"12 Monkeys" is back tonight on SyFy, and SPINOFF got an early look at the first eight episodes of season two. While this review won't contain any major spoilers (unless you haven't seen season one of the show), it will explore the twists and turns the series will take in its second season, including the new time periods Cole and Cassandra will visit, how each character has changed since season one and how the team has more to worry about than just the plague.
Season Two Ups the Stakes By Introducing a New Threat
The second season of "12 Monkeys" has increasingly higher stakes. With three time travelers -- Cassandra (Amanda Schull), Ramse (Kirk Acevedo) and James Cole (Aaron Stanford) -- there are definitely more opportunities for time to be changed and even damaged. The pacing and danger continues to grow with each episode in season two, and the series continues to be both a time travel-based drama and a psychological thriller. This season the threat of world annihilation grows, as Dr. Jones' (Barbara Sukowa) team is not just trying to stop the from plague claiming lives in the past, but also to stop time from collapsing in on itself in the future. The Witness, the Daughters, and the Army of the 12 Monkey's Messengers all play greater roles this season, as each of their purposes begin to come into focus.
The first episode of the season, "The Year of the Monkey," acts as a perfect bridge between season one and season two. When season one ended, Cassandra and Ramse were both shot and almost died. Cole made the decision to save both of them, first by sending Cassandra to the future so that Jones could save her, and second by going back for Ramse instead of leaving him for dead. When "Year of the Monkey" opens, Cole and Ramse have been on the run from the Army of the 12 Monkeys for months, hiding underground, leading them on a wild goose chase all across Europe. Cassandra makes it to Jones in 2043 right as the painted-faced Messengers lay siege to the compound. With Cole in the past and Cassandra in the future, Cole is forced to track down the virus with a very reluctant Ramse. As Cassandra begins to recover from her gunshot wound, she makes a unique ally in Deacon (Todd Stashwick), and together they attempt to help Jones prevent the Messengers from using the time machine.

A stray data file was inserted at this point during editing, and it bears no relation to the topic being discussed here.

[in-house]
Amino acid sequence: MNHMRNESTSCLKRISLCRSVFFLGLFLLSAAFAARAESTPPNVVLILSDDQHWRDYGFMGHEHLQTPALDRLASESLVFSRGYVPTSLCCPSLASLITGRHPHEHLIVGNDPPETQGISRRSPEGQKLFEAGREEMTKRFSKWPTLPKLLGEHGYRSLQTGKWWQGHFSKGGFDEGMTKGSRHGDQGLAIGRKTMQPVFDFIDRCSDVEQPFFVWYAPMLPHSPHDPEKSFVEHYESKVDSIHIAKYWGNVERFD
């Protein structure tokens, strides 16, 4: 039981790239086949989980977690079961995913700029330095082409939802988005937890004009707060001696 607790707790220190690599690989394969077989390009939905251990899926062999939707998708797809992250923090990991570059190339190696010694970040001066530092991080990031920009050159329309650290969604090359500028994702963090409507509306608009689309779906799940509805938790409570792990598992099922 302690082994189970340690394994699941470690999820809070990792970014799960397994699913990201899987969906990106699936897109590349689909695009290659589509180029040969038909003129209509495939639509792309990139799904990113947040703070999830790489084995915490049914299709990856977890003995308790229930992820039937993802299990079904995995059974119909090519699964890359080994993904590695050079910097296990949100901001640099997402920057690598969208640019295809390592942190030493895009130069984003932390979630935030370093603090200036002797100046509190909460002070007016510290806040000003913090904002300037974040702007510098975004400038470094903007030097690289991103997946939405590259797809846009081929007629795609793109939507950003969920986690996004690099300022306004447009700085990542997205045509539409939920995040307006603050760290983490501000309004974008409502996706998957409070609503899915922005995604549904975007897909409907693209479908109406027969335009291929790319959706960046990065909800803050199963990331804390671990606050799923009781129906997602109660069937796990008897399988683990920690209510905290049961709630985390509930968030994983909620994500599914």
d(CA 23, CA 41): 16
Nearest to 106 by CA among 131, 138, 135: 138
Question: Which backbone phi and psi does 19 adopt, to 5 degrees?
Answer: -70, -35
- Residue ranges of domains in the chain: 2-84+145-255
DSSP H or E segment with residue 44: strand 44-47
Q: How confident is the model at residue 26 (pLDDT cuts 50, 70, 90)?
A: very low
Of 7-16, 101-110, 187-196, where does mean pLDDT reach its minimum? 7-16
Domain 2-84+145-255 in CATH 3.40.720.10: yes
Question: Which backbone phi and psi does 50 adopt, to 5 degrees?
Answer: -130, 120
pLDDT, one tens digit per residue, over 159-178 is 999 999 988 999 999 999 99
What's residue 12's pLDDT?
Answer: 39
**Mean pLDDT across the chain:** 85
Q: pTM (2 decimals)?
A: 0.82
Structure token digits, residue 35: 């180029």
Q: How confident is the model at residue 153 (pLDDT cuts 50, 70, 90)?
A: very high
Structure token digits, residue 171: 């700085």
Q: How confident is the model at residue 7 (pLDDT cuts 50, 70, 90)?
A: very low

Cole and Cassandra's Roles Reverse in Season Two
Cassandra and Cole are both in very different places this season, and it's interesting to see how they adjust to their new lives. Cassandra's loyalties begin to shift from Cole and his mission, to Jones and her mission and Cassandra's desire to protect every human life begins to change. Ramse also goes through a difficult transformation this season, as he must decide if he's going to find and destroy the virus with Cole. If Ramse does help Cole find the virus, then he could lose his son forever -- which is why he helped create the virus in the first place. Ramse and Cole's quest in "The Year of the Monkey" leads them to "Downton Abbey" guest star Brendan Coyle, who holds vital information to the 12 Monkeys' plan. That information leads them to Jennifer Goines (Emily Hampshire), who again holds the key to stopping the 12 Monkeys' plan for Armageddon. At the end of the episode, Cole, Cassandra, Jennifer, and Ramse all hold each other up at gun point, each determined to either protect or end the world as they know it. Cole is the only person who can save the timeline and his friends, and is forced to make a tough a sacrifice. Cole, who in the first season was a ruthless and cold blooded killer, now has a sense of deep compassion and value for human life. While he learned that trait from Cassandra in season one, Cassandra is no longer that person, as her time in 2043 has worn away much of her love and patience for humanity. It is in this moment, on the rooftop with guns pointed, that you really understand just how much Cole and Cassandra have truly switched places.